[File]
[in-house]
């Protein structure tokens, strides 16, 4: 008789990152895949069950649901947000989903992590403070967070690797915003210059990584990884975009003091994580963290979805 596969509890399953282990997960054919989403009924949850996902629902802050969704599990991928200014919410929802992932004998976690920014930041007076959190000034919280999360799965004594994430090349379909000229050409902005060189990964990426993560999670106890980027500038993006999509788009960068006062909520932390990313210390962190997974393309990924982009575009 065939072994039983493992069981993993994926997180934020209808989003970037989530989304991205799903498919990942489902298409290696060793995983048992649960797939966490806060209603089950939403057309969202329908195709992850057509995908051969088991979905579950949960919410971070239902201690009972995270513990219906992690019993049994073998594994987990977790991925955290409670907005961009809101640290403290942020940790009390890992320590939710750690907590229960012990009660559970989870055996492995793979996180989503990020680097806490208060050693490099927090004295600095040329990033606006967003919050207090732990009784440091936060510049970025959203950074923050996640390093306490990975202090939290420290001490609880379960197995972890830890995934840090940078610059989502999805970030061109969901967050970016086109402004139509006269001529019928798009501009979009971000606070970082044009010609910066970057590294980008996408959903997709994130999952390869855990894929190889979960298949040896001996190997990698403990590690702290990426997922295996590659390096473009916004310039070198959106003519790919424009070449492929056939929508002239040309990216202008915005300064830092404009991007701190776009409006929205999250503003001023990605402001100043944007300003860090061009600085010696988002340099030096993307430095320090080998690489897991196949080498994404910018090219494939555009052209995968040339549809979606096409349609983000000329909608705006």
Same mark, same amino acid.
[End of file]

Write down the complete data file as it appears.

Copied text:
[in-house]
């Protein structure tokens, strides 16, 4: 008789990152895949069950649901947000989903992590403070967070690797915003210059990584990884975009003091994580963290979805 596969509890399953282990997960054919989403009924949850996902629902802050969704599990991928200014919410929802992932004998976690920014930041007076959190000034919280999360799965004594994430090349379909000229050409902005060189990964990426993560999670106890980027500038993006999509788009960068006062909520932390990313210390962190997974393309990924982009575009 065939072994039983493992069981993993994926997180934020209808989003970037989530989304991205799903498919990942489902298409290696060793995983048992649960797939966490806060209603089950939403057309969202329908195709992850057509995908051969088991979905579950949960919410971070239902201690009972995270513990219906992690019993049994073998594994987990977790991925955290409670907005961009809101640290403290942020940790009390890992320590939710750690907590229960012990009660559970989870055996492995793979996180989503990020680097806490208060050693490099927090004295600095040329990033606006967003919050207090732990009784440091936060510049970025959203950074923050996640390093306490990975202090939290420290001490609880379960197995972890830890995934840090940078610059989502999805970030061109969901967050970016086109402004139509006269001529019928798009501009979009971000606070970082044009010609910066970057590294980008996408959903997709994130999952390869855990894929190889979960298949040896001996190997990698403990590690702290990426997922295996590659390096473009916004310039070198959106003519790919424009070449492929056939929508002239040309990216202008915005300064830092404009991007701190776009409006929205999250503003001023990605402001100043944007300003860090061009600085010696988002340099030096993307430095320090080998690489897991196949080498994404910018090219494939555009052209995968040339549809979606096409349609983000000329909608705006």
Same mark, same amino acid.